3. If it doesn’t taste right, don’t eat it: This seems like a duh, but I’ve made the mistake of eating raw scallops that seemed a bit off because I felt bad leaving them on the plate. Dumb move. Good sushi should taste clean and fresh and have almost no odor. Eat at establishments that have high fish turnover. One of my faves spots Gary Chu’s Sake’O, 505 Healdsburg Ave, Healdsburg, 707.433/2669.
4. Fresh vs. Frozen: This one’s a head-scratcher. According to FDA law, all fish to be consumed raw in the US is supposed to have been blast-frozen to kill off potential parasites. However, it’s up to the state to enforce this and California, according to my research, checks restaurants but doesn’t enforce the freeze rule for all fish. Salmon must be frozen because of its high potential for parasites, but other fish, like tuna, has less risk and isn’t always pre-frozen. This makes it taste better, but a bit more risky in untrained hands.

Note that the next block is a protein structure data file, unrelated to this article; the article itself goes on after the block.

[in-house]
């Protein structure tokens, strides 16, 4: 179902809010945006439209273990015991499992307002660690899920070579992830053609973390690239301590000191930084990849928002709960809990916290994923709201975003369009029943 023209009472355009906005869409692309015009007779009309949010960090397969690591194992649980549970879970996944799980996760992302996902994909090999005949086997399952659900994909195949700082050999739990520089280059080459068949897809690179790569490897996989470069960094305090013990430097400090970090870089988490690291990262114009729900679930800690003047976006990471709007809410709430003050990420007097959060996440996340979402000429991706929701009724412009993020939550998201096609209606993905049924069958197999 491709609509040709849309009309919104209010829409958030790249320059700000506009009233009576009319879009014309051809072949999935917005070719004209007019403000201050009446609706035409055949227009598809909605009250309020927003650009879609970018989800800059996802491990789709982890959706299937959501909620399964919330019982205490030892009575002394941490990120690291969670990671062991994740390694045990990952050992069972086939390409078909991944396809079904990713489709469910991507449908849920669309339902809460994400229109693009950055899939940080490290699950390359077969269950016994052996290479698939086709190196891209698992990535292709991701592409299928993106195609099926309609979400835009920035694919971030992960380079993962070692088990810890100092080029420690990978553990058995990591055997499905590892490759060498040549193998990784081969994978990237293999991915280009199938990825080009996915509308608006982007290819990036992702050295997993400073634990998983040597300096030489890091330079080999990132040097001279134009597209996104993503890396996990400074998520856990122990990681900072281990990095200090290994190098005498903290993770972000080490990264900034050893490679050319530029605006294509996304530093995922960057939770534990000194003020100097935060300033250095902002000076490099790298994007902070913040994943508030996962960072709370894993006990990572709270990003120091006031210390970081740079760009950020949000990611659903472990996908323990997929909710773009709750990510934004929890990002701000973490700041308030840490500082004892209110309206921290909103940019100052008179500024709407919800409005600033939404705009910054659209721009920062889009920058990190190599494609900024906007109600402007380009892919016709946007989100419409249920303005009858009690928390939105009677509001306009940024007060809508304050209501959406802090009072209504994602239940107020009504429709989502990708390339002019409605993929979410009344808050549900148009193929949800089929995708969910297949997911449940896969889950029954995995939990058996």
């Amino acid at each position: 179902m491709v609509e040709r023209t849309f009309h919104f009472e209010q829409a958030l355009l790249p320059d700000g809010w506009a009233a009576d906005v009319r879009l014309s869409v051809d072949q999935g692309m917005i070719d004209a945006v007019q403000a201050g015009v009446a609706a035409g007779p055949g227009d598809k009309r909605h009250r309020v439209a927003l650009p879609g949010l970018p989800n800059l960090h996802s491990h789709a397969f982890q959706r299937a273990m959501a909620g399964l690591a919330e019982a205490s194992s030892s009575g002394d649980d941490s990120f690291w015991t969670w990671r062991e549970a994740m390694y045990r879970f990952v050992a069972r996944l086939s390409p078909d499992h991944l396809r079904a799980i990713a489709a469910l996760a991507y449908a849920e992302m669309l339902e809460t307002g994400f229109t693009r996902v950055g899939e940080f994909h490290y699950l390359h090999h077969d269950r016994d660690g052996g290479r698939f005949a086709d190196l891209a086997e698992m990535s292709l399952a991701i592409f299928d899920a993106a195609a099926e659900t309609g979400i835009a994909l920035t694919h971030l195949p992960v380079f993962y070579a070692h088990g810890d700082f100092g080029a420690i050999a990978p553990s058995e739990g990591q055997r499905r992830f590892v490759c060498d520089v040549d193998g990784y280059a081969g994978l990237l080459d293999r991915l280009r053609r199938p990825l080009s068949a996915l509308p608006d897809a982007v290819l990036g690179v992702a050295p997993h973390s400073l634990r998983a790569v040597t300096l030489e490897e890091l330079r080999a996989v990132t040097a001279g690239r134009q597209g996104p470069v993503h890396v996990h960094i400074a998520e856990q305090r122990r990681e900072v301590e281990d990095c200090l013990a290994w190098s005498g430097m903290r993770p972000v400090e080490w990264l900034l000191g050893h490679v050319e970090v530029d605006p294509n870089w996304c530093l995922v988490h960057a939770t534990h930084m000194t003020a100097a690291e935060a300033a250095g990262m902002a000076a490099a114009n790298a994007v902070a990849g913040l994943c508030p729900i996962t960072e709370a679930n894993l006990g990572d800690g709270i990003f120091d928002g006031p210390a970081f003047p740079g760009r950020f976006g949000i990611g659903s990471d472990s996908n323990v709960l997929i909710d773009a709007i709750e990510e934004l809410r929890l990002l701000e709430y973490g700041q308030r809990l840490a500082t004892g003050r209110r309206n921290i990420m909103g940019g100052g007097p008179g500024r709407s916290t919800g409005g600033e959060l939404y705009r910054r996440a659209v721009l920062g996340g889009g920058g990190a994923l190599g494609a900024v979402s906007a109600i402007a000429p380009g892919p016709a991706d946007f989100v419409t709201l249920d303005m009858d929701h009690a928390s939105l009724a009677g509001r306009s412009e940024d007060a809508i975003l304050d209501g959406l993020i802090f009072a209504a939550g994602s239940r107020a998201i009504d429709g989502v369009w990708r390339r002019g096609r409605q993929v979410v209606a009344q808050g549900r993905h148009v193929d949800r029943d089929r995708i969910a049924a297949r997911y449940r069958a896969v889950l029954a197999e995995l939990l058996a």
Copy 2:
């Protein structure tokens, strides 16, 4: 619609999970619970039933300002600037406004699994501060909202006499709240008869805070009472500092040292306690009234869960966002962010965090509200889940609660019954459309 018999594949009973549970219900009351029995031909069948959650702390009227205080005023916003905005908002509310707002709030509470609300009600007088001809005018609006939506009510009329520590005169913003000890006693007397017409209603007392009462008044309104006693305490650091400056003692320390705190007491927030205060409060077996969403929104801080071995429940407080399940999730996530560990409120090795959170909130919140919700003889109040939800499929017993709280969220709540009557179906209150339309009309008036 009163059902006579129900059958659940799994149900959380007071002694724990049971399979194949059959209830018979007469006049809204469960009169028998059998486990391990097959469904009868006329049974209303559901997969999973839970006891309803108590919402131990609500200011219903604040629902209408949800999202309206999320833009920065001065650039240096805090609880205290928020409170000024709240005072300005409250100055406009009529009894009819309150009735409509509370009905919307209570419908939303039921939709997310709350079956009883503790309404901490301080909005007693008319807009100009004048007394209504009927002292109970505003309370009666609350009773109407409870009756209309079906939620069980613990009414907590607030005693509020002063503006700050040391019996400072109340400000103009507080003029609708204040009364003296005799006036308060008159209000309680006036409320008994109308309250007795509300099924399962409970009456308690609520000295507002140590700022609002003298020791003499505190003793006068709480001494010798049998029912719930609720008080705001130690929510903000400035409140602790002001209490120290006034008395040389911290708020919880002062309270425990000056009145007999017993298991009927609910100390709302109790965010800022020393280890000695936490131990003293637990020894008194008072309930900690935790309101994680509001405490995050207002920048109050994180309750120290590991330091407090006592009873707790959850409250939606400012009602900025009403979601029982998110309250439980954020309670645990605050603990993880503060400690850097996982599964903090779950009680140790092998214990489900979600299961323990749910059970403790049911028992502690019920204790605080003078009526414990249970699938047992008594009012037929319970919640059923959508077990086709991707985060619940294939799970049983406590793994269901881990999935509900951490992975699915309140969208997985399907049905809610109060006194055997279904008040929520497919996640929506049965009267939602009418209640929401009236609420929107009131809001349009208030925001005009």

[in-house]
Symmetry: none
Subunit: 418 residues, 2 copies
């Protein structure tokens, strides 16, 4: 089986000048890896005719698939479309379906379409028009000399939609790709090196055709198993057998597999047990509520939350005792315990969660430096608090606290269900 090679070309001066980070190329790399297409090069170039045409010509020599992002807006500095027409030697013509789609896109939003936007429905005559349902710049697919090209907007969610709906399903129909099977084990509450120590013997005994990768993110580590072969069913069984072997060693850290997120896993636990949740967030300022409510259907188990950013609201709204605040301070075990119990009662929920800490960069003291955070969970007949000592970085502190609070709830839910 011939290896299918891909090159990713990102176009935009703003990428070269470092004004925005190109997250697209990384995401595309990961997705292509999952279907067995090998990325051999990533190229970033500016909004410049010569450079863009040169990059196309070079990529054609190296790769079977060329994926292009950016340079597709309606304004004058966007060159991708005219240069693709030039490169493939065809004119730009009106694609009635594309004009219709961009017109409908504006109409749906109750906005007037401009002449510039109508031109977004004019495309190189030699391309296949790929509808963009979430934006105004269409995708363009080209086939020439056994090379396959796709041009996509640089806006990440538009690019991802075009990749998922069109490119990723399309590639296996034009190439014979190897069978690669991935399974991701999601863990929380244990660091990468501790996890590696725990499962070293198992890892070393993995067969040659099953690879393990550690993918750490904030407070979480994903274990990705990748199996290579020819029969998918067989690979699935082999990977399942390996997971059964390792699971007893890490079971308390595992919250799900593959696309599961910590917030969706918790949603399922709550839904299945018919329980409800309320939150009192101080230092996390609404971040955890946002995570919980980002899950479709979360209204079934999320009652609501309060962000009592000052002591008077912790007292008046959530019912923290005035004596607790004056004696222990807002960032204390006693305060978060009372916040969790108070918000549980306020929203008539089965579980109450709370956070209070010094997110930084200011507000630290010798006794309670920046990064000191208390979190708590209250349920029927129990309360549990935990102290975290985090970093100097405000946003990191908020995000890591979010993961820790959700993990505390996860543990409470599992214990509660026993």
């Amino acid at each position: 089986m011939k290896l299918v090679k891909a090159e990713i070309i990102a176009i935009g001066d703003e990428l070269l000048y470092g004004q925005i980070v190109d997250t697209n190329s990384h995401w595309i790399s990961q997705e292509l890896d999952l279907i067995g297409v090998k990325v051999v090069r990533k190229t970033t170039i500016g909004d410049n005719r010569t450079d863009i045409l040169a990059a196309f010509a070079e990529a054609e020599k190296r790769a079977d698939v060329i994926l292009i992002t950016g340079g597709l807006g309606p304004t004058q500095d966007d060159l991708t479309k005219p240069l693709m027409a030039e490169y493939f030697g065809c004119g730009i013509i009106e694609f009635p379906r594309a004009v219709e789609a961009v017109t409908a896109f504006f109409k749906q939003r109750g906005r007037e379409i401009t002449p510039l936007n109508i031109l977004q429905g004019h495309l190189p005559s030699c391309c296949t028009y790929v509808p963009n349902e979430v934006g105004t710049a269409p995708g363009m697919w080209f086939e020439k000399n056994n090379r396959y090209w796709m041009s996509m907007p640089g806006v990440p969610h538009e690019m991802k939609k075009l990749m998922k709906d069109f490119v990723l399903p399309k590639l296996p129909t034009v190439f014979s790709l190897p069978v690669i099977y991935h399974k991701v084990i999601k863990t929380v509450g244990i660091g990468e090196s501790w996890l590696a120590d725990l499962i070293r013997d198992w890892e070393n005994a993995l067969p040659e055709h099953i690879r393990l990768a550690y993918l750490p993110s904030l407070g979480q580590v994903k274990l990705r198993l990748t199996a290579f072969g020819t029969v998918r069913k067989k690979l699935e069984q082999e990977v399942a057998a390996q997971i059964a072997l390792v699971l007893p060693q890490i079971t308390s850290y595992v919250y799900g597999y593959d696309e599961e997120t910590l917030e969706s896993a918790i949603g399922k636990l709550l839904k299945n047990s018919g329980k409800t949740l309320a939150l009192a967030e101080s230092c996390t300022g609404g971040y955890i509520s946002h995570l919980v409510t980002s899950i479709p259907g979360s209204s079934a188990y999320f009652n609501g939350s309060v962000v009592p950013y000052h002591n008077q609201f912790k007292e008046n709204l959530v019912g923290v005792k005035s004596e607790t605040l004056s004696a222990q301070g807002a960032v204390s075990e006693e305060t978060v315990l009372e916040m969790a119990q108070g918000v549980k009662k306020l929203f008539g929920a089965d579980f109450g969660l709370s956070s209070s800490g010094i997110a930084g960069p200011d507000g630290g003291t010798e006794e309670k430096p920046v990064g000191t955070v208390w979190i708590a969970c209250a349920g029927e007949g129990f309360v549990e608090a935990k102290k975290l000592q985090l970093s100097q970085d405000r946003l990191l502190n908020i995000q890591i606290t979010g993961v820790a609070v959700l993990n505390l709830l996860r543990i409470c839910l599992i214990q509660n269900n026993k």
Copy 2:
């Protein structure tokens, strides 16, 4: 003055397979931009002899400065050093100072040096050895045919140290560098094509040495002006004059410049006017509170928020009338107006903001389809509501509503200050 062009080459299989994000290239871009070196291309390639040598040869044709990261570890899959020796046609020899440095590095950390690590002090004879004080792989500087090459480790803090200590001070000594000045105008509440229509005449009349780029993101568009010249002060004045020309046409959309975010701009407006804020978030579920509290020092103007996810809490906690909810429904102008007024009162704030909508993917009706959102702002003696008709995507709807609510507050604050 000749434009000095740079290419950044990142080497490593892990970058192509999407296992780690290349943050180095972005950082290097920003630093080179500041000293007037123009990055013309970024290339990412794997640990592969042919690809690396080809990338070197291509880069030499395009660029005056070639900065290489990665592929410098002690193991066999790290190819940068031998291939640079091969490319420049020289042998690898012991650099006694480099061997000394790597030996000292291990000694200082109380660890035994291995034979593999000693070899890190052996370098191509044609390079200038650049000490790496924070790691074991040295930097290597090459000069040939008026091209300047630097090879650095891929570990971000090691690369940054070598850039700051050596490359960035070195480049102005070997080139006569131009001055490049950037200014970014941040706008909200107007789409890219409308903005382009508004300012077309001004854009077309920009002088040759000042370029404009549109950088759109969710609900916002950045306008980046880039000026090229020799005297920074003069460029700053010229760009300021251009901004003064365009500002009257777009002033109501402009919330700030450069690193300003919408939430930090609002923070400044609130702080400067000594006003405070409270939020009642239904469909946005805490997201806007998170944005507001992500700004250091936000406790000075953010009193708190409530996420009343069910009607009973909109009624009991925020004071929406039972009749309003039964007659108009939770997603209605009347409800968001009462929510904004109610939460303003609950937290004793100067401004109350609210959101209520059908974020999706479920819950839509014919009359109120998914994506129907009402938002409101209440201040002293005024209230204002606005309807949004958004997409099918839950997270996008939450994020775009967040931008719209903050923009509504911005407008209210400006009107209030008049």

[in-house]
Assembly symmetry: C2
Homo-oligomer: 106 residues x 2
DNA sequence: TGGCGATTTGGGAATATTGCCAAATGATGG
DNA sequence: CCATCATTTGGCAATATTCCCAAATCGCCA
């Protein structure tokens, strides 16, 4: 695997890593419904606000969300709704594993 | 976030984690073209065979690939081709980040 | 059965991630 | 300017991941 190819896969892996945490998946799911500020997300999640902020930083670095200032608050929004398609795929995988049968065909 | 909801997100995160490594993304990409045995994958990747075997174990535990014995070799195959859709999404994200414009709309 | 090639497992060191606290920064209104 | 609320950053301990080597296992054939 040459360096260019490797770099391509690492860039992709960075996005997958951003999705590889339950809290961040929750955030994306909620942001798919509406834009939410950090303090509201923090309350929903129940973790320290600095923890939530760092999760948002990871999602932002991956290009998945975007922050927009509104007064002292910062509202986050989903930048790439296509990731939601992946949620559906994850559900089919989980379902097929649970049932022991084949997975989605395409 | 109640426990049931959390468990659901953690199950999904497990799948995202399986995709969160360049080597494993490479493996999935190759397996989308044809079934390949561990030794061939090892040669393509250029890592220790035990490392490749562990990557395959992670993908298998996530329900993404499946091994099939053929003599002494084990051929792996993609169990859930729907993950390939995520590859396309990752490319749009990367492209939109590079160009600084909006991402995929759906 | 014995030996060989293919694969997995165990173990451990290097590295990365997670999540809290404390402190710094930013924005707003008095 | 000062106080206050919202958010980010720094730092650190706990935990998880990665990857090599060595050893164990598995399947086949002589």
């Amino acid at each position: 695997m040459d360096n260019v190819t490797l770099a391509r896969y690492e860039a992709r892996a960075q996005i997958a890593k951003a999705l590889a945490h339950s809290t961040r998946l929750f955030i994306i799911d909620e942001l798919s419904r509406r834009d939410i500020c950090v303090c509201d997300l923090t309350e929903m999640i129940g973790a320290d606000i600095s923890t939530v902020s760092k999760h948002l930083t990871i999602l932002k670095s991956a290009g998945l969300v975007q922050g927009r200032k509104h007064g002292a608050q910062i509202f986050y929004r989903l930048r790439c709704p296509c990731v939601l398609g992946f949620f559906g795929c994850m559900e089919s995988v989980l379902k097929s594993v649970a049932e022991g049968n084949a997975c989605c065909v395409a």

5. Nigiri vs. Sashimi vs rolls: Sushi actually means rice in Japanese. Nigiri is a rectangular(ish) bit of rice with fish on top. One order is two pieces. Sashimi are thin slices of fish without the rice. Rolls are a pet peeve of mine, meaning they’ve gotten way out of control. I realize that fried stuff slathered with mayonnaise sauce can taste good, but it’s not sushi. And there might be a reason they’re hiding the taste of the fish with all that stuff. Ick.
6. Wasabi: The hot green stuff that hurts your nose is probably not real wasabi at all, but a paste of horseradish and mustard with food coloring. Real wasabi can be quite expensive, but you can find hand-grated Oregon wasabi at Hana Japanese (in Rohnert Park), which has a sweeter, lighter flavor and grainier texture.